Learning from the Ground Up
Several years ago, Ever Active conducted a Photovoice project at the high school. As part of this project, Ever Active outfitted students with cameras for two weeks. Their task was to take photos of places in the school and community that showed success surrounding the idea of health. They were also asked to take pictures of things that were creating barriers to being healthy. At the end of the project, students created a narrative of the pictures to explain what they saw. One of the standout results of the Photovoice project was that students repeatedly took pictures of a rundown greenhouse at the back of the school.
Students perceived the greenhouse as a symbol of their connection to the land. The fact that it was rundown, and in disrepair, represented how many of them felt disconnected towards the environment. The students expressed hope that they could restore the greenhouse, and that it could provide healthy eating items for their school cafeteria. For the students and Ever Active Schools, a greenhouse rehabilitation project was born.
The project faced many challenges. Kainai is a rural community and it is expensive to get the materials and labour to do this kind of restoration work. Once operational, they needed buy-in from the school community to keep the greenhouse running. Greenhouses need constant attention, and finding this kind of commitment can be difficult.
To meet these challenges, Ever Active started small. With support from Alberta Ecotrust, students used earth boxes and self-watering planters inside the school to grow food during the winter. The boxes and planters allowed them to provide food to their school cafeteria right away. When repairs to the greenhouse began in the spring, students were already involved in the project and ready to move in.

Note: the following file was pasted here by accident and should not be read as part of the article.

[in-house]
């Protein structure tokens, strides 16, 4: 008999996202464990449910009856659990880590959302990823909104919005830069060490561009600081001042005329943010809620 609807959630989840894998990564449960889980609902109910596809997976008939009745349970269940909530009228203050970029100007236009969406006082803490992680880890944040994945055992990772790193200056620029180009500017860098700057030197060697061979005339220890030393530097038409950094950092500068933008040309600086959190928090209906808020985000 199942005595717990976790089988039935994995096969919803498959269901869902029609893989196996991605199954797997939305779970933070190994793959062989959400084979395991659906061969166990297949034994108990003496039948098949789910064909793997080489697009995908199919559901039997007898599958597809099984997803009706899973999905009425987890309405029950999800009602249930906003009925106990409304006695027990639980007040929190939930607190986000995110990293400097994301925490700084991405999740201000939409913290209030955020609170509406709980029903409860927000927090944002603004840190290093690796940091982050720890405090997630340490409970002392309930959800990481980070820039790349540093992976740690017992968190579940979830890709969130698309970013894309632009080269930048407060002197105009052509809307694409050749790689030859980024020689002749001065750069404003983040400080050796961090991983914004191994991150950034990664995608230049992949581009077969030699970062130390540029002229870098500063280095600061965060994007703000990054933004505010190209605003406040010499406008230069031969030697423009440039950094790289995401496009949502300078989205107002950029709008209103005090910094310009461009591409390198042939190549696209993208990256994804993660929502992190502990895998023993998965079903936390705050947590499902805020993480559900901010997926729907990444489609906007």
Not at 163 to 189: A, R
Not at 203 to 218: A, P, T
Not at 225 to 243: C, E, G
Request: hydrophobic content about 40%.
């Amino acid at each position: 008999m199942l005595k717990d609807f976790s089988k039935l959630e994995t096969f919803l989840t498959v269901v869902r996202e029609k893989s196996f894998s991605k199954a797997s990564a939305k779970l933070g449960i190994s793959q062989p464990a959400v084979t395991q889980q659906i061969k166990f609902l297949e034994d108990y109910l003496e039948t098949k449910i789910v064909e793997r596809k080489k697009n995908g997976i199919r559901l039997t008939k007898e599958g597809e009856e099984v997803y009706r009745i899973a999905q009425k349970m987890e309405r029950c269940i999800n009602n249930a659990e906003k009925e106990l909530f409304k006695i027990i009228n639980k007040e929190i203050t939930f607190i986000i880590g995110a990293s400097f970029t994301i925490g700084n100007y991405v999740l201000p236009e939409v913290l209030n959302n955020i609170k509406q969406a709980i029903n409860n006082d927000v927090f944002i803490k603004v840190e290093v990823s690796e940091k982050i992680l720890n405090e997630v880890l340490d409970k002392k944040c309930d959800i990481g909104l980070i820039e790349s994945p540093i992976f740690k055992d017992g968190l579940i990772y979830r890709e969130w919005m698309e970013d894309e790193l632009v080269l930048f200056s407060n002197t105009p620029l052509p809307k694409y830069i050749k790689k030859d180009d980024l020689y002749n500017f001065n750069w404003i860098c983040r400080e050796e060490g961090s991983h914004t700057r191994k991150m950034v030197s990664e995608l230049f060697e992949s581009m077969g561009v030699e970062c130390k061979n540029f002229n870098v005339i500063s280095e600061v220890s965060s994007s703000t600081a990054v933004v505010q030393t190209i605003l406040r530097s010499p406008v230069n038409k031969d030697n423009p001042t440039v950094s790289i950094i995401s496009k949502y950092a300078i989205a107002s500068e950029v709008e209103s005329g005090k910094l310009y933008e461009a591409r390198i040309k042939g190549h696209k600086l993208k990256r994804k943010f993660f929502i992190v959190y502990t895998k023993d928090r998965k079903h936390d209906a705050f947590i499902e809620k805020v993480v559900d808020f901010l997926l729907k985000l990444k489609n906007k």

A “Green Team” was also created to keep students engaged. This group of grade nine students has become champions of the project, taking weekly shifts in the greenhouse and advocating for the project in the school. The hope is that the Green Team will be able to see the greenhouse thrive throughout their entire high school experience.
During the last year, the students and Ever Active have rehabilitated the greenhouse, although some work remains for it to be properly winterized. The high school utilizes a project-based learning approach, and they have integrated the greenhouse into the curriculum in many of the classes. Project-based learning is a dynamic classroom approach in which students explore real-world problems. A greenhouse is a natural fit for the classes about agriculture and entrepreneurialism.
It takes time to build momentum into the school culture, but Ever Active has noticed a change in the last year. Students are very excited about growing food, and knowing where it comes from. Right now, the greenhouse is producing food for the cafeteria, and students are hopeful that in the future they can grow food for the larger community.
For the students, the greenhouse still remains a symbol. Only now it demonstrates how we can make healthy choices, and use these choices to connect back to our environment.
This story is the fifth in our 12 Grants of Christmas series. In the days leading up to Christmas we will be featuring some of the best projects and stories from our grantees in the last year. Please return to our blog in the coming days and weeks to learn more about the incredible environmental work being done across Alberta. Other stories:
5. Learning From the Ground Up
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